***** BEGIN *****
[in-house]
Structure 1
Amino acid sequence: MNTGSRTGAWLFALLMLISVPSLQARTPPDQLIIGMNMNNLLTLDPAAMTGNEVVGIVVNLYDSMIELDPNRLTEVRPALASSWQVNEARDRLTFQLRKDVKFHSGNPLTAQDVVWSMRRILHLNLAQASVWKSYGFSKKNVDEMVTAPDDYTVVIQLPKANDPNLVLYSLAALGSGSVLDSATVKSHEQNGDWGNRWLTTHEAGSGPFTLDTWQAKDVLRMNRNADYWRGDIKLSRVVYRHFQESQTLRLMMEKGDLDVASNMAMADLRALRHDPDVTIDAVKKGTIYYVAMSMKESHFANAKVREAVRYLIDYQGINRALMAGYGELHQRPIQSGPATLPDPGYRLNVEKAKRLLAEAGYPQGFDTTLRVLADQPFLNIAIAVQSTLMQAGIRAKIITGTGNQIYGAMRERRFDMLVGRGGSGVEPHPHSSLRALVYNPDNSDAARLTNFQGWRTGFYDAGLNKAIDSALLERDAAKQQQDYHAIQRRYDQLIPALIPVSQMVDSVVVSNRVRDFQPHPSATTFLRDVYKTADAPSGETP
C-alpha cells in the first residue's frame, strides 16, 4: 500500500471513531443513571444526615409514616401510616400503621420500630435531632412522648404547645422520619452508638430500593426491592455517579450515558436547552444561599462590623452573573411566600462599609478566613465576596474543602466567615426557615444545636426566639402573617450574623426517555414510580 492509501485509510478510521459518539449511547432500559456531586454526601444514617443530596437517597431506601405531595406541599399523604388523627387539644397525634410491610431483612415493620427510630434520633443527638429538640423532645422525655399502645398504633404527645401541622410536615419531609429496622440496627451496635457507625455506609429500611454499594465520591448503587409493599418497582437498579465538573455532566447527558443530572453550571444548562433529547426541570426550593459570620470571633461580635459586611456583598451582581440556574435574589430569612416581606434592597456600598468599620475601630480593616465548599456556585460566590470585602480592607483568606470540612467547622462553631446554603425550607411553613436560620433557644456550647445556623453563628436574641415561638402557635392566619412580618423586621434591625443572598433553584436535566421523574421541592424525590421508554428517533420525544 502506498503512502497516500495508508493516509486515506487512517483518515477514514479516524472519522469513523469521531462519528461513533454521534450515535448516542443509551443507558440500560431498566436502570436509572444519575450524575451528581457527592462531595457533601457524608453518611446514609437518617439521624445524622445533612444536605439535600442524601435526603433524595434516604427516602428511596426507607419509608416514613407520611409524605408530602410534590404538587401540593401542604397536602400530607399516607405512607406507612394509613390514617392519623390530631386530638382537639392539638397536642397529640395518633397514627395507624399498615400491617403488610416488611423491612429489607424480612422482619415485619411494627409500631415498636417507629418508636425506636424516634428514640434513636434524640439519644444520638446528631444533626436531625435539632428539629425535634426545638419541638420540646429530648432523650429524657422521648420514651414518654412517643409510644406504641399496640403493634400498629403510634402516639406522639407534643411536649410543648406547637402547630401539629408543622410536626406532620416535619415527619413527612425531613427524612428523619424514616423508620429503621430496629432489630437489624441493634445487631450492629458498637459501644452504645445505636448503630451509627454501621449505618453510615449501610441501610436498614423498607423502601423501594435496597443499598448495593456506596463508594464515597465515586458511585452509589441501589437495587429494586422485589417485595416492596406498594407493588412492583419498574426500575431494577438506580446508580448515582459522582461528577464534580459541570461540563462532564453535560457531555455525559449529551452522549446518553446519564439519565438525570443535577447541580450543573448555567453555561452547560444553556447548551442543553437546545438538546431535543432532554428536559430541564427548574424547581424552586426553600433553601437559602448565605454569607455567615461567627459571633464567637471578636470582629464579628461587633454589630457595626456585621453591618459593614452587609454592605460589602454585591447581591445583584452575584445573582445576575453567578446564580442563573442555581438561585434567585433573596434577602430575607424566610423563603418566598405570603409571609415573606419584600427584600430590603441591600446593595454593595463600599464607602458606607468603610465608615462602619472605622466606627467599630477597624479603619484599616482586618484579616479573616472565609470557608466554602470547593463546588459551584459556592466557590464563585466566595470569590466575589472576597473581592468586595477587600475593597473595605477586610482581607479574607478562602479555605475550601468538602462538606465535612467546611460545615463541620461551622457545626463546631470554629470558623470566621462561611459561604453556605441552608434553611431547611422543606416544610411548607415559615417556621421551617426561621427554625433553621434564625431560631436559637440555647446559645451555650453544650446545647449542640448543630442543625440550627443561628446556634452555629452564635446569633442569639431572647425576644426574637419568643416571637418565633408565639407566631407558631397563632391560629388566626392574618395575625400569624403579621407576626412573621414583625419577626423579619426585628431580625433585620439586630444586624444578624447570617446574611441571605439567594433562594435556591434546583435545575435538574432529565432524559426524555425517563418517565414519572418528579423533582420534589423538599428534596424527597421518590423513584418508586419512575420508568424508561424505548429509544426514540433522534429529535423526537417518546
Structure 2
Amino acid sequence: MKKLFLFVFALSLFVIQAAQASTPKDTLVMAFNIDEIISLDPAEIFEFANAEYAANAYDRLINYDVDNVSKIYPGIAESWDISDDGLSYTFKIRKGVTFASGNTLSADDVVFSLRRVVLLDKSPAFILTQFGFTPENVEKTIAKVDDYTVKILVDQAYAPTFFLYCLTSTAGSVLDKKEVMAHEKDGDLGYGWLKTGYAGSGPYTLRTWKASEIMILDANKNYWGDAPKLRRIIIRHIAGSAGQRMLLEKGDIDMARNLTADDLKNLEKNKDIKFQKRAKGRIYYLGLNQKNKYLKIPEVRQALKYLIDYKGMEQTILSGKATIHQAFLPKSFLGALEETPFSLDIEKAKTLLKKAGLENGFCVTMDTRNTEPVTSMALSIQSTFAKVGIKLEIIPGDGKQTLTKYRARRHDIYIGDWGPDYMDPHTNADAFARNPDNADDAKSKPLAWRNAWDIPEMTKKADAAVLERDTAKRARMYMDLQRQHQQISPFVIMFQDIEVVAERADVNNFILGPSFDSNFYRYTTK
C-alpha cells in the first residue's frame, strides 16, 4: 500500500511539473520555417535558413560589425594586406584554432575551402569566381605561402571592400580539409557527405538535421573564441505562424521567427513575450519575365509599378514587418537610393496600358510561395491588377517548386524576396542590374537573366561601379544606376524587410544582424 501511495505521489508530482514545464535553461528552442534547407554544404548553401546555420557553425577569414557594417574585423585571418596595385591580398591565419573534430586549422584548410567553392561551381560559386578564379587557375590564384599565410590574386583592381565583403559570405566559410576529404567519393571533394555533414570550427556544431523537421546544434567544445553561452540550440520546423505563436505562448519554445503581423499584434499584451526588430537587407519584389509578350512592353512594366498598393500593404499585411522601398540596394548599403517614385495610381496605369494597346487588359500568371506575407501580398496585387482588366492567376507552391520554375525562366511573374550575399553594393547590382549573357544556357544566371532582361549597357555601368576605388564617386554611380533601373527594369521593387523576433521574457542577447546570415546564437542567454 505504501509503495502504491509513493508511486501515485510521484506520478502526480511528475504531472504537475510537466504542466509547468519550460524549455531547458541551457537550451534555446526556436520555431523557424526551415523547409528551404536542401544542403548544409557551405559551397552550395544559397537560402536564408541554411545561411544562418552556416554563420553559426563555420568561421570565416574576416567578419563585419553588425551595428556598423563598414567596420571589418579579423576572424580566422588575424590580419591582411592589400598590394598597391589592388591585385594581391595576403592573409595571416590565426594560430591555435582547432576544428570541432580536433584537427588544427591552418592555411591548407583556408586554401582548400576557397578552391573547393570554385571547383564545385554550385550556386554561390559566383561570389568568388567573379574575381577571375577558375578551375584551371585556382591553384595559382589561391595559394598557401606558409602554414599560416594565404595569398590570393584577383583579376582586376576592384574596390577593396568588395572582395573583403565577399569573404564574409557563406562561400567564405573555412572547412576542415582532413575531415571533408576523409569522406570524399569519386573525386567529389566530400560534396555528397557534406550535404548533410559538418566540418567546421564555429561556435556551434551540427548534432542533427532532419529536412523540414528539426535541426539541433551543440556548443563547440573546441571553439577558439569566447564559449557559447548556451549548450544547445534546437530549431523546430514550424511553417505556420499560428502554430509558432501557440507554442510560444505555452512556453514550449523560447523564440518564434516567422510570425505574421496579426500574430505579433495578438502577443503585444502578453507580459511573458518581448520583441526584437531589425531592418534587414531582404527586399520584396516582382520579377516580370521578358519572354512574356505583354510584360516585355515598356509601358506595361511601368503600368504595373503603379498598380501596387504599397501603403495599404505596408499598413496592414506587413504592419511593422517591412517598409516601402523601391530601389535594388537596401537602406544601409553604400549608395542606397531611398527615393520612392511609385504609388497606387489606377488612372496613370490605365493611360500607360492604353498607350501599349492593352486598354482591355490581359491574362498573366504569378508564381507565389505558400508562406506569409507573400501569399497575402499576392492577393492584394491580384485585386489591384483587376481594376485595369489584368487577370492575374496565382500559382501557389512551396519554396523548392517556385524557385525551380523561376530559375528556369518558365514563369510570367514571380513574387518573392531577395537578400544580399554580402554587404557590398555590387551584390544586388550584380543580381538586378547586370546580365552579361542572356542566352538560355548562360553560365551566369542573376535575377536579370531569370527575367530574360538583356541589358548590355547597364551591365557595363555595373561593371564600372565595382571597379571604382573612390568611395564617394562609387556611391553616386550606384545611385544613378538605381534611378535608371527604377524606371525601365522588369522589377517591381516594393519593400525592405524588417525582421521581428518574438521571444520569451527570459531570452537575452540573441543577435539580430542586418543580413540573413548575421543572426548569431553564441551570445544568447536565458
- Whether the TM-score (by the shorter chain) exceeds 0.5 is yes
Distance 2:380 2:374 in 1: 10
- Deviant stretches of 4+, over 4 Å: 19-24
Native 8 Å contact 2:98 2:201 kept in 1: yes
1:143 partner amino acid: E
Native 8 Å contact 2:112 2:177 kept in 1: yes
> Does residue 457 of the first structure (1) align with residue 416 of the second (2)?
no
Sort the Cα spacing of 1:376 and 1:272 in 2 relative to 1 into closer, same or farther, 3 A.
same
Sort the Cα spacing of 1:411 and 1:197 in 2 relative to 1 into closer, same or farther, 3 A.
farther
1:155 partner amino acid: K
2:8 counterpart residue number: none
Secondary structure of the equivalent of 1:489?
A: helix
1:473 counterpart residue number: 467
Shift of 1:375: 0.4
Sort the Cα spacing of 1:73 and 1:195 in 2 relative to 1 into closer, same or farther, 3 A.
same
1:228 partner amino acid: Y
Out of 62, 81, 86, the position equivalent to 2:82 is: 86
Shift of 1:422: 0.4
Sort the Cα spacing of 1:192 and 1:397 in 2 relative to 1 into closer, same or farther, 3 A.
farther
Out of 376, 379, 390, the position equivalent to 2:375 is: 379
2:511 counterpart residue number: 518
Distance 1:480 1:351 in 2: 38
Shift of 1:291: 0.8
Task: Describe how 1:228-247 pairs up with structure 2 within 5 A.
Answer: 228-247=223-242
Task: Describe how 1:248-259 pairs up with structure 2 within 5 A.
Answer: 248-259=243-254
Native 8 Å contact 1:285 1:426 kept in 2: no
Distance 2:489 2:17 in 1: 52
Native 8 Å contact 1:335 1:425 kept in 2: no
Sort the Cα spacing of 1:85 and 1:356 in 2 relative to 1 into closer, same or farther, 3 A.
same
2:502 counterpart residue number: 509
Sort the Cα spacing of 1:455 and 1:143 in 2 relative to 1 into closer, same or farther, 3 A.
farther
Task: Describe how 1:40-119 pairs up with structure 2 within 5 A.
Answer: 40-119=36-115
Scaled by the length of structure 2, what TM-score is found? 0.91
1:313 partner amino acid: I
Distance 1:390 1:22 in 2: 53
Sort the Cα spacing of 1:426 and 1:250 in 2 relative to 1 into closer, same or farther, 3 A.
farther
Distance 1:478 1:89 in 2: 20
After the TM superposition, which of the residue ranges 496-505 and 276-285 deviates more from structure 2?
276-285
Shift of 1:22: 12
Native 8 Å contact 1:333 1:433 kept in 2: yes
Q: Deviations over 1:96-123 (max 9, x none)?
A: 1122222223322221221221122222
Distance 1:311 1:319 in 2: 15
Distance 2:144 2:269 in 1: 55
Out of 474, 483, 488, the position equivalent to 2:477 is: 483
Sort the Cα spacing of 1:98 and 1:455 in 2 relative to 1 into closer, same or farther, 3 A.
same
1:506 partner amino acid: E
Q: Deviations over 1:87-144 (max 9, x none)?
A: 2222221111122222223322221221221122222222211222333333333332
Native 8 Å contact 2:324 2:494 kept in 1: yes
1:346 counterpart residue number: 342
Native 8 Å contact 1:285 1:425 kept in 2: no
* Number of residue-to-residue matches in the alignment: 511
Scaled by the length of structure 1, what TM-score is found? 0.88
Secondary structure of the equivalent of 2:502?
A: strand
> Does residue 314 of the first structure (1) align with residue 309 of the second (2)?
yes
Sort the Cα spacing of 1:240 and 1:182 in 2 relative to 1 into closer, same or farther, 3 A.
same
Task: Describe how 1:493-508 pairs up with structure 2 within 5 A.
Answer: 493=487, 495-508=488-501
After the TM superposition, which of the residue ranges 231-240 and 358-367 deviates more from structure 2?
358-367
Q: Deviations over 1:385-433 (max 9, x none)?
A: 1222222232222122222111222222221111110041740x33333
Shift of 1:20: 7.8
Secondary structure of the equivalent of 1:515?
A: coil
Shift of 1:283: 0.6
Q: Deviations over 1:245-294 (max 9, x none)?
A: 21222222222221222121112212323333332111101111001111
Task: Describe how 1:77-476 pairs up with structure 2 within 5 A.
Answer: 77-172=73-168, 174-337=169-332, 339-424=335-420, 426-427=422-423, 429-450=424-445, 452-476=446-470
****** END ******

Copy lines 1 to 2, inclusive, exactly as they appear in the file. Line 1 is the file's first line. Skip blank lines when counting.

[in-house]
Structure 1